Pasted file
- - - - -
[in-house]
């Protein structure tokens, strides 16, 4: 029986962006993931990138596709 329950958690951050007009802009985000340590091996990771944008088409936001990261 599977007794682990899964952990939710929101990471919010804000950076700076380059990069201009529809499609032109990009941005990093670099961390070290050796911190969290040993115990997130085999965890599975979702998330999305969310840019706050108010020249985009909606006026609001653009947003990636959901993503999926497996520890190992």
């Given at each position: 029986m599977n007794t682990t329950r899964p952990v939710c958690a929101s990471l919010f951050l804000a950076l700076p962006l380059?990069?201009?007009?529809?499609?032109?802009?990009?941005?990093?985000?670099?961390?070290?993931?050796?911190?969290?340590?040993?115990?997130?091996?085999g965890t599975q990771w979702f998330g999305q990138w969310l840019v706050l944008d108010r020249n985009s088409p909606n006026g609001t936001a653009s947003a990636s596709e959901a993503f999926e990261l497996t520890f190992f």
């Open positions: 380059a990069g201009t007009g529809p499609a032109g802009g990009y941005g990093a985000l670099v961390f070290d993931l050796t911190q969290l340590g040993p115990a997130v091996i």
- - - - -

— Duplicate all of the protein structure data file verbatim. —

[in-house]
């Protein structure tokens, strides 16, 4: 029986962006993931990138596709 329950958690951050007009802009985000340590091996990771944008088409936001990261 599977007794682990899964952990939710929101990471919010804000950076700076380059990069201009529809499609032109990009941005990093670099961390070290050796911190969290040993115990997130085999965890599975979702998330999305969310840019706050108010020249985009909606006026609001653009947003990636959901993503999926497996520890190992």
């Given at each position: 029986m599977n007794t682990t329950r899964p952990v939710c958690a929101s990471l919010f951050l804000a950076l700076p962006l380059?990069?201009?007009?529809?499609?032109?802009?990009?941005?990093?985000?670099?961390?070290?993931?050796?911190?969290?340590?040993?115990?997130?091996?085999g965890t599975q990771w979702f998330g999305q990138w969310l840019v706050l944008d108010r020249n985009s088409p909606n006026g609001t936001a653009s947003a990636s596709e959901a993503f999926e990261l497996t520890f190992f």
């Open positions: 380059a990069g201009t007009g529809p499609a032109g802009g990009y941005g990093a985000l670099v961390f070290d993931l050796t911190q969290l340590g040993p115990a997130v091996i």